Making a whiteboard with canvas and touch


So for a loong time, I’ve been wanting to build a demo using touch to draw on a canvas, and making it collaborate with socket.IO. This blogpost will cover the first part - building a whiteboard-canvas you can draw on… (look out for the follow up post about socket.IO).

The canvas-element is part of HTML5, so off cause its by definition super cool. The support is actually not that bad - if you can live with IE9+ you are pretty much good to go - see full chart here (this covers the 2d canvas - sadly for the übercool 3d canvas, better known as webGL, the support is still horrible). For reference, everything regarding canvas in this blogpost will be about the simple 2d kind…

The canvas-element is just like the img-element, except for one thing => it doesn’t take an src-attribute for determining what to draw, it relies on javascript for drawing. Other than that it behaves like the img-tag (you can style it etc.). Many people mistakenly thinks that canvas itself can “animate for you”. Canvas doesn’t handle tweens, or objects for that matter. It only takes a small set of very simple drawing instructions and displays that. To animate with canvas, you will typically setup a rendering loop that does all of this, and runs at a given interval or at every frame the browser paints (using requestAnimationFrame - best practice, right there for you). For a whiteboard there is no animation - we will simply you draw where you put your finger.

So, lets get into the code. We start by creating a canvas element, setting a size, and putting it in the dom (or you reference a canvas-element thats already in your DOM - your choice).

var canvas = document.createElement('canvas');

Then we get “drawing context” (we call it ctx). The context is a little bit of a weird concept to understand, but for the time-being just think of it as your “access” to draw on the particular canvas, or the “tool” you draw with, (that can take or change different form, style etc). We set properties and call functions on it sequentially to draw the final image.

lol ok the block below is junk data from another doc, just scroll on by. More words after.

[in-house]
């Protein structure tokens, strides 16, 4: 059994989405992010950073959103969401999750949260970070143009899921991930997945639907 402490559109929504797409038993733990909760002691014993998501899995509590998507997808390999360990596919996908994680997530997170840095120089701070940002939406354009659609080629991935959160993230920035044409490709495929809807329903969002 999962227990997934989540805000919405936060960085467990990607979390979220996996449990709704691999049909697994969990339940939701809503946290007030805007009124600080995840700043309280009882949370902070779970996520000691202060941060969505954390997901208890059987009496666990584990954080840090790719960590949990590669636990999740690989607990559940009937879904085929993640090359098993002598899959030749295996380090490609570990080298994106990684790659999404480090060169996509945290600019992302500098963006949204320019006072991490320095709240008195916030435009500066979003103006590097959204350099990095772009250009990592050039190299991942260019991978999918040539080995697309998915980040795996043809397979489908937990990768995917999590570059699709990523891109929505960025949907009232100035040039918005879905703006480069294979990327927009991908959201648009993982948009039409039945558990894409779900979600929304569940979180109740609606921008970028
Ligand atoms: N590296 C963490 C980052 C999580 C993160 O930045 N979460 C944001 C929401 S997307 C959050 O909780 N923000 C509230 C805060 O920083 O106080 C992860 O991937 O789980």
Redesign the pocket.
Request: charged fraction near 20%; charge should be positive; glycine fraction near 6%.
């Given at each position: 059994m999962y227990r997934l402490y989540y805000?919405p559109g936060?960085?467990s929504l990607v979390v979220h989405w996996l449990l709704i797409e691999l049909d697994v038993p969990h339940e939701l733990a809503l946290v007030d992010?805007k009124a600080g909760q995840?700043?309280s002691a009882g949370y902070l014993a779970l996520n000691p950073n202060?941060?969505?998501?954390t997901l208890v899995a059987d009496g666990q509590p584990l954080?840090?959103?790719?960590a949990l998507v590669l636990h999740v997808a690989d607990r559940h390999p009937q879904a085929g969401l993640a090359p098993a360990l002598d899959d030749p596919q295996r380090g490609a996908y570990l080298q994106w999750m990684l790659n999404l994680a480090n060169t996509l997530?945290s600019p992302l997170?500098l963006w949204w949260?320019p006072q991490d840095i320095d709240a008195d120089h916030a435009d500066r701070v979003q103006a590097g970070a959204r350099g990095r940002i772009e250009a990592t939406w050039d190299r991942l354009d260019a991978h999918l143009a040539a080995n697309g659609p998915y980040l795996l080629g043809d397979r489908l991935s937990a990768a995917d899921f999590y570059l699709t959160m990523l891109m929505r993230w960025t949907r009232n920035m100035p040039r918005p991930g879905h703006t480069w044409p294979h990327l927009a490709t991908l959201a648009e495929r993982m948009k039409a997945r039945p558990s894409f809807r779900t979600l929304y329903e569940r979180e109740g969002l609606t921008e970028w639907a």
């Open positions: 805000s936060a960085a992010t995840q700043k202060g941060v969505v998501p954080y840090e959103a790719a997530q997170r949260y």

var ctx = canvas.getContext('2d');

Now lets just demo how to draw - lets draw a yellow rectangle that will act as the background color (by default canvas-elements are transparent - read: you can stack them if you want). First we set the fillStyle to yellow, and the we call the fillRect() function with four parameters which is the x and y coordinates to start at, and the width and height of the desired rectangle.

ctx.fillStyle = 'rgb(255,255,0)';

Yellow canvas FTW. Drawing a rectangle is the basics of our whiteboard. All we need is to listen for touch-events (touchmove and touchstart) and repeatedly call a draw-function to draw multiple small rectangles based on the touch-position. Could look something like this (we start of setting the fill style to black so we don’t draw with the background-color.

ctx.fillStyle = 'rgb(0,0,0)';
function draw(x,y) {

canvas.addEventListener('touchmove', function(e) {
  draw(e.touches[0], e.touches[0];
canvas.addEventListener('touchstart', function(e) {
  draw(e.touches[0], e.touches[0];

The touch-events have contain a touches-array that has the pageX and pageY of the touch. To get the position on the canvas subtract this value from the canvas position (offset).

Thats it - whiteboard is ready to be used. Demo here:

Ideas (and hints) for you to build on from this point.

  • clear button
  • also listen to mouse-events
  • save image to disk (a little more complex) - or persist to localstorage
  • option to change the drawing color

If you want to learn a little bit about canvas animation and the math involved, check out this great talk:

Written on June 25, 2014